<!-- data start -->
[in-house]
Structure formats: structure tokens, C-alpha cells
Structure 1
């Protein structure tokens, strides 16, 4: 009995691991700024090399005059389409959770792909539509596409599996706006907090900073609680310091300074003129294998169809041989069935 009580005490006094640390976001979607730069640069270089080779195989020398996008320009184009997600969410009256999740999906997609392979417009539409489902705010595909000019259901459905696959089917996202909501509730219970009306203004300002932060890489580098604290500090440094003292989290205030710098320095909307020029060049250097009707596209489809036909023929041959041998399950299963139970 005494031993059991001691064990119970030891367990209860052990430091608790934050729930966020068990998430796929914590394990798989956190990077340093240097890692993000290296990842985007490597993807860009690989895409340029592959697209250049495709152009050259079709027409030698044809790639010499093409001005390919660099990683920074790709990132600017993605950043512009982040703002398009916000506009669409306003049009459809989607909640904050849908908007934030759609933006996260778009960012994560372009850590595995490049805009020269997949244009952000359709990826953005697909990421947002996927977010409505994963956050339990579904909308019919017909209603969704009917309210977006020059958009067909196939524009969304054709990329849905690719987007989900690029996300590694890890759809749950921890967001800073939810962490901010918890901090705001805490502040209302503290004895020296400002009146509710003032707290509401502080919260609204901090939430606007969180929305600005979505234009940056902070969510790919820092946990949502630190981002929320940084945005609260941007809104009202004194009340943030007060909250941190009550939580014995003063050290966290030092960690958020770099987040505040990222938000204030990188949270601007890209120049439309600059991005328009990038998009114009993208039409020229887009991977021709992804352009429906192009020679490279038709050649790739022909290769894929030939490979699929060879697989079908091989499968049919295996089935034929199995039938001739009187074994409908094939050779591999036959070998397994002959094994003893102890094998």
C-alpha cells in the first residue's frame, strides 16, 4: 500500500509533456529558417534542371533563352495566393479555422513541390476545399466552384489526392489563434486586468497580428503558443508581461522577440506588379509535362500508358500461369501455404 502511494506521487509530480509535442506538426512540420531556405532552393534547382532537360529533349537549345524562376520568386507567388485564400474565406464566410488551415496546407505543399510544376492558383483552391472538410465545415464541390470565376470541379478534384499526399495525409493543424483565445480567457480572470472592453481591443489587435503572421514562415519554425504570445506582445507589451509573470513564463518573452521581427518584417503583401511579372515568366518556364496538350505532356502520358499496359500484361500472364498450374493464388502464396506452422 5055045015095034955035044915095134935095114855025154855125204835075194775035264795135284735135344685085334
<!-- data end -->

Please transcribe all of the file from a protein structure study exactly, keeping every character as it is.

[in-house]
Structure formats: structure tokens, C-alpha cells
Structure 1
């Protein structure tokens, strides 16, 4: 009995691991700024090399005059389409959770792909539509596409599996706006907090900073609680310091300074003129294998169809041989069935 009580005490006094640390976001979607730069640069270089080779195989020398996008320009184009997600969410009256999740999906997609392979417009539409489902705010595909000019259901459905696959089917996202909501509730219970009306203004300002932060890489580098604290500090440094003292989290205030710098320095909307020029060049250097009707596209489809036909023929041959041998399950299963139970 005494031993059991001691064990119970030891367990209860052990430091608790934050729930966020068990998430796929914590394990798989956190990077340093240097890692993000290296990842985007490597993807860009690989895409340029592959697209250049495709152009050259079709027409030698044809790639010499093409001005390919660099990683920074790709990132600017993605950043512009982040703002398009916000506009669409306003049009459809989607909640904050849908908007934030759609933006996260778009960012994560372009850590595995490049805009020269997949244009952000359709990826953005697909990421947002996927977010409505994963956050339990579904909308019919017909209603969704009917309210977006020059958009067909196939524009969304054709990329849905690719987007989900690029996300590694890890759809749950921890967001800073939810962490901010918890901090705001805490502040209302503290004895020296400002009146509710003032707290509401502080919260609204901090939430606007969180929305600005979505234009940056902070969510790919820092946990949502630190981002929320940084945005609260941007809104009202004194009340943030007060909250941190009550939580014995003063050290966290030092960690958020770099987040505040990222938000204030990188949270601007890209120049439309600059991005328009990038998009114009993208039409020229887009991977021709992804352009429906192009020679490279038709050649790739022909290769894929030939490979699929060879697989079908091989499968049919295996089935034929199995039938001739009187074994409908094939050779591999036959070998397994002959094994003893102890094998």
C-alpha cells in the first residue's frame, strides 16, 4: 500500500509533456529558417534542371533563352495566393479555422513541390476545399466552384489526392489563434486586468497580428503558443508581461522577440506588379509535362500508358500461369501455404 502511494506521487509530480509535442506538426512540420531556405532552393534547382532537360529533349537549345524562376520568386507567388485564400474565406464566410488551415496546407505543399510544376492558383483552391472538410465545415464541390470565376470541379478534384499526399495525409493543424483565445480567457480572470472592453481591443489587435503572421514562415519554425504570445506582445507589451509573470513564463518573452521581427518584417503583401511579372515568366518556364496538350505532356502520358499496359500484361500472364498450374493464388502464396506452422 5055045015095034955035044915095134935095114855025154855125204835075194775035264795135284735135344685085334